Co-blogger Eugene Volokh recently linked to a Virginia state court decision striking down as unconstitutional a state law that allowed religious societies without official clergy to designate only one member as having the power to perform wedding ceremonies, while religious groups that do have clergy can designate more. The court concluded that the First and Fourteenth Amendments bar this law because “The General Assembly [Virginia's state legislature] cannot favor one type of religion over another without a compelling government interest and a narrowly tailored method.”
I think the same reasoning should lead to the invalidation of another form of religious discrimination in the marriage law of our beloved Commonwealth, which I blogged about in this 2009 post:
My fiancee and I are not religious, and we plan to have our wedding performed by Judge Jerry Smith of the Fifth Circuit, the federal judge I clerked for. Unfortunately, however, Judge Smith lives in Texas. This would be fine under state law if he were a minister or other religious leader; but secular wedding officiants must be state residents.
Virginia law allows any minister of a religious denomination to perform a wedding, even if he or she is not a resident. The same applies to religious leaders of faiths that don’t have any official ministers. Similarly, state law allows any Virginia resident to perform a wedding if he posts a bond, and permits federal and state judges resident in Virginia to officiate even without posting a bond. However, Virginia does not allow out-of-state judges or any other nonresident secular personages to officiate. Thus, we have a clear case of discrimination on the basis of religion. Nonresident ministers and other religious leaders can perform weddings in Virginia; but nonresident secular leaders cannot. This holds true even if the secular figure and the religious one are exactly identical in every respect other than the fact that one is religious and the other is not (e.g. – if they are equally skilled at performing weddings, have the same high standing in their respective communities, and so on).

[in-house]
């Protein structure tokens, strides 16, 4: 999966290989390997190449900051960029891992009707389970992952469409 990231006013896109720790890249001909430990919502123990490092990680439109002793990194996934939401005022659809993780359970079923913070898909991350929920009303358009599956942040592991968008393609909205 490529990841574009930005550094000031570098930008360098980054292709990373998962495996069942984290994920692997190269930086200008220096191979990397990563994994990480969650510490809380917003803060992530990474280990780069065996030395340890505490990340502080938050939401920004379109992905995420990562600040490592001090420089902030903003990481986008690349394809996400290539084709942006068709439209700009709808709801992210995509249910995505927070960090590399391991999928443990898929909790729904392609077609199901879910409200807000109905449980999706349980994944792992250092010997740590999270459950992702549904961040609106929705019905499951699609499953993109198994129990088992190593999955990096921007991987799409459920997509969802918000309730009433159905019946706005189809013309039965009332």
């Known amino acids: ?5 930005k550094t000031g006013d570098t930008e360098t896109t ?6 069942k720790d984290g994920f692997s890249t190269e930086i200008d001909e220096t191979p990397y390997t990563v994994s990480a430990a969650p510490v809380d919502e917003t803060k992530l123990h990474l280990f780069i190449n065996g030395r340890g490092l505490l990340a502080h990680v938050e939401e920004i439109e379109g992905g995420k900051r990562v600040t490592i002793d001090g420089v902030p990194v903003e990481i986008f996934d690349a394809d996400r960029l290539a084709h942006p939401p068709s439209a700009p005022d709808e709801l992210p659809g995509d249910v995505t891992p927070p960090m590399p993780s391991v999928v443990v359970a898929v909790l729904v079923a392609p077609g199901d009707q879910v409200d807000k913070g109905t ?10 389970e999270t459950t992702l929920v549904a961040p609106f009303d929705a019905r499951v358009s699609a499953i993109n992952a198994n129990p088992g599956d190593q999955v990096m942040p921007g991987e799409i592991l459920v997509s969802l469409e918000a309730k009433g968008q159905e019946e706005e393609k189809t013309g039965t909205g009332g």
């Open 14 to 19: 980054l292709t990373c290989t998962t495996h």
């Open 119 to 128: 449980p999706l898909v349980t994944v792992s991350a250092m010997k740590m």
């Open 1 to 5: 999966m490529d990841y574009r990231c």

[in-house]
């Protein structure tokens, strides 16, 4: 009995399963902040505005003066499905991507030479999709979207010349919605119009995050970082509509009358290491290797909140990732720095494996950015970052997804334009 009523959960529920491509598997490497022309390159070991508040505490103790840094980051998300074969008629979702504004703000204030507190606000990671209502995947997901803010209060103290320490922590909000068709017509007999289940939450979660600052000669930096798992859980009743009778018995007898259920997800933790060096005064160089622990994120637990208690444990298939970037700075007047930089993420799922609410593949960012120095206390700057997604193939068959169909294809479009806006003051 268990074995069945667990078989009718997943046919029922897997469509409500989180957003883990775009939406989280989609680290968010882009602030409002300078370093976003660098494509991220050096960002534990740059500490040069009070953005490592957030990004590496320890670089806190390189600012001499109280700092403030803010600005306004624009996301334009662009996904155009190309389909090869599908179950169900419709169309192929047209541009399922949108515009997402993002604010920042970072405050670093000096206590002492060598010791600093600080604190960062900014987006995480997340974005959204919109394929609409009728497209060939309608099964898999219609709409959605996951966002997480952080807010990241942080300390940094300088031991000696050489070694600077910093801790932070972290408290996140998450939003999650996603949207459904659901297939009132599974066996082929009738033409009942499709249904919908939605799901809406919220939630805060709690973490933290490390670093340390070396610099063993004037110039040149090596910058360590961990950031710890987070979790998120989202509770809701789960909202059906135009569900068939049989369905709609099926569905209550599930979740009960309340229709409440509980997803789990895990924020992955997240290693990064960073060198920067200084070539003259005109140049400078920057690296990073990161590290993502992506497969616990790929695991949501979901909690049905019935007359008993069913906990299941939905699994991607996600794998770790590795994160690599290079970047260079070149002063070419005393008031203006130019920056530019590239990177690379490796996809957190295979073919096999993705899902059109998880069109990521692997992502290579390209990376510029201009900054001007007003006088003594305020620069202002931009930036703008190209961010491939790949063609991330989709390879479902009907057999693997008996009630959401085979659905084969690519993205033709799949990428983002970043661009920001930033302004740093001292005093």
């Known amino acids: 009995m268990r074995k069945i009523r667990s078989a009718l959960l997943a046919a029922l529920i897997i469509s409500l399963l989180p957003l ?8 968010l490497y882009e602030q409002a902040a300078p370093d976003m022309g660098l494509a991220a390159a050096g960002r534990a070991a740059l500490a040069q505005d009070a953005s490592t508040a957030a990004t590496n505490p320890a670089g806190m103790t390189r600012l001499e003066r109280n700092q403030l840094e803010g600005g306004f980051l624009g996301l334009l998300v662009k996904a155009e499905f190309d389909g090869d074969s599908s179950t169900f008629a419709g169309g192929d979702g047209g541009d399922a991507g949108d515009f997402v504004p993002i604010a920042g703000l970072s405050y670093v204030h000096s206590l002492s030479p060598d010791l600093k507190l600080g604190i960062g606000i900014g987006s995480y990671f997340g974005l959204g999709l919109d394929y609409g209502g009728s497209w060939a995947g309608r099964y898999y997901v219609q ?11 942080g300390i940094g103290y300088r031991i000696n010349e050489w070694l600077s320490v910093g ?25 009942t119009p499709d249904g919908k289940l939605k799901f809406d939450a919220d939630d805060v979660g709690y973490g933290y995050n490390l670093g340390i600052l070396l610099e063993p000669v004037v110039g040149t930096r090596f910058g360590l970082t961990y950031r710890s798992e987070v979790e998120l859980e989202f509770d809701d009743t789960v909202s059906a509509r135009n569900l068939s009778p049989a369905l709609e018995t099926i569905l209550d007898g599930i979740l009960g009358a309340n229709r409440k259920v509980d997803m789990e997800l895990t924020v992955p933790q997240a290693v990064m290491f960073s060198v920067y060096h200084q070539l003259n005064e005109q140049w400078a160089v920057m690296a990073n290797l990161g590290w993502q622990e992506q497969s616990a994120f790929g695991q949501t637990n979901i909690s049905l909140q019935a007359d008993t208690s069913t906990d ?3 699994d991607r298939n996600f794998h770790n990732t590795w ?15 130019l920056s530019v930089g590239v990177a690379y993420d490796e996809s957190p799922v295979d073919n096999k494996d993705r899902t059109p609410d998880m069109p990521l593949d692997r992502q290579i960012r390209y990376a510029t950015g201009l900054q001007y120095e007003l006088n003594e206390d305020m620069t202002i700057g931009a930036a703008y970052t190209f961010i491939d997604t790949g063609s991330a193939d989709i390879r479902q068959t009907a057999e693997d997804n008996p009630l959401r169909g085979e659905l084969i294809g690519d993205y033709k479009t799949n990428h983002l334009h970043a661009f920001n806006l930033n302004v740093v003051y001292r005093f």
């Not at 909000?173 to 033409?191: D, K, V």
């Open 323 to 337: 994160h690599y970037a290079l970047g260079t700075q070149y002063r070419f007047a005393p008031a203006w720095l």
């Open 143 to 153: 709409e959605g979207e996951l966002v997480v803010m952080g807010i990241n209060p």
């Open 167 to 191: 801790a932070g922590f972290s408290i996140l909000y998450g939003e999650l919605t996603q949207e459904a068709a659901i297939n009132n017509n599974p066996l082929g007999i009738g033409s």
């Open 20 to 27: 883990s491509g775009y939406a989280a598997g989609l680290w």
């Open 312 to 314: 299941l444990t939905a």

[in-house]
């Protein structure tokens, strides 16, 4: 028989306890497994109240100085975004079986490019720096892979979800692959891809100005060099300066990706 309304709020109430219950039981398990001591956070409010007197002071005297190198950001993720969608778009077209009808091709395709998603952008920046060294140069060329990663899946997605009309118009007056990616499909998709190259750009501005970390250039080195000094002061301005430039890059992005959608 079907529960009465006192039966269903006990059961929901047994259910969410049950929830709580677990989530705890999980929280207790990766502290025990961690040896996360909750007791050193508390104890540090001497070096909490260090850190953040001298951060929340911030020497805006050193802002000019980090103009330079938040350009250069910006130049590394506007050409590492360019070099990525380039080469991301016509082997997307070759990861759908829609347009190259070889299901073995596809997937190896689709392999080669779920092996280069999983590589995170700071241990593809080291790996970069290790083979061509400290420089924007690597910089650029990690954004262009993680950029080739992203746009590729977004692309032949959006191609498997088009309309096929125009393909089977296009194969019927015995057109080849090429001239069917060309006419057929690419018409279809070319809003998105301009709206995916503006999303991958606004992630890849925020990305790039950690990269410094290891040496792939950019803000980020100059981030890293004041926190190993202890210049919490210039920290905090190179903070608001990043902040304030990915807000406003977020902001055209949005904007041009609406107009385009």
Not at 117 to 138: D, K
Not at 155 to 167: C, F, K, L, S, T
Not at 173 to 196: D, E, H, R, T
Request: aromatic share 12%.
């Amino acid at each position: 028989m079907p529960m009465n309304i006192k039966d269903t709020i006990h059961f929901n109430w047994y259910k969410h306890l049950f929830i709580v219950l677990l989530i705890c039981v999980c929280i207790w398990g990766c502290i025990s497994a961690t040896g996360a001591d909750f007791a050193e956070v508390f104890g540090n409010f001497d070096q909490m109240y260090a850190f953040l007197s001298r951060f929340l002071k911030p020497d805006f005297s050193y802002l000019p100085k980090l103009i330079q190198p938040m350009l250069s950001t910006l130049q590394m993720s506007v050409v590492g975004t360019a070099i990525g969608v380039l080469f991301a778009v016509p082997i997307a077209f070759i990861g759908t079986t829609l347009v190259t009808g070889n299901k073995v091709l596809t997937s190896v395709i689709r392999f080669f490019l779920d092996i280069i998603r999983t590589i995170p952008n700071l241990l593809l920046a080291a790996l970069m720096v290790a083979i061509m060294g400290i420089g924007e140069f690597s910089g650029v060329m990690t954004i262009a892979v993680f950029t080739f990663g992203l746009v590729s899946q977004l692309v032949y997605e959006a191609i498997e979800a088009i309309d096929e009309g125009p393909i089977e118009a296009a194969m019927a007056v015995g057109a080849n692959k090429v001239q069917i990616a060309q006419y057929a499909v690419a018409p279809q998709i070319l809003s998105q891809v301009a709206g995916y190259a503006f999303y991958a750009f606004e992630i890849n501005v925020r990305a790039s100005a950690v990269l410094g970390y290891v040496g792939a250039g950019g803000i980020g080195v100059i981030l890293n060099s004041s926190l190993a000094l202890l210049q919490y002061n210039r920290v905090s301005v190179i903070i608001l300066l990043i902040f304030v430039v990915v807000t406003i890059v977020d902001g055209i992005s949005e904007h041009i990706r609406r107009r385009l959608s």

Under the Equal Protection Clause of the Fourteenth Amendment, courts strike down state laws that discriminate on the basis of religion unless the law in question passes “strict scrutiny.” To overcome the strict scrutiny hurdle, the state would have to show that the religious classification was “narrowly tailored” to the promotion of a “compelling state interest.” Without going into an exhaustive analysis, I think it highly unlikely that the Virginia marriage law can meet this standard. No good purpose is served by categorically forbidding the performance of marriages by nonresident secular figures, much less a “compelling state interest.”
In the end, my then-fiancee and I didn’t sue, and instead got married in the District of Columbia (in large part because she preferred a site in the District over the Virginia sites we looked at). But had we sued, I think we should have prevailed under the same reasoning as in the case noted by Eugene. The only difference between the two cases is that in one the state is discriminating in favor of some religious officiants relative to others, while in the other it is discriminating in favor of out-of-state religious officiants relative to out-of-state secular ones. But discrimination in favor of the religious against the secular is still clearly discrimination on the basis of religion, and thus subject to strict scrutiny. As the Supreme Court explained in Torcaso v. Watkins (1961), “[N]either a State nor the Federal Government can constitutionally force a person ‘to profess a belief or disbelief in any religion.’ Neither can constitutionally pass laws or impose requirements which aid all religions as against non-believers.” (emphasis added).
Hopefully, someone else will challenge this small but annoying example of unconstitutional religious discrimination in Virginia marriage law.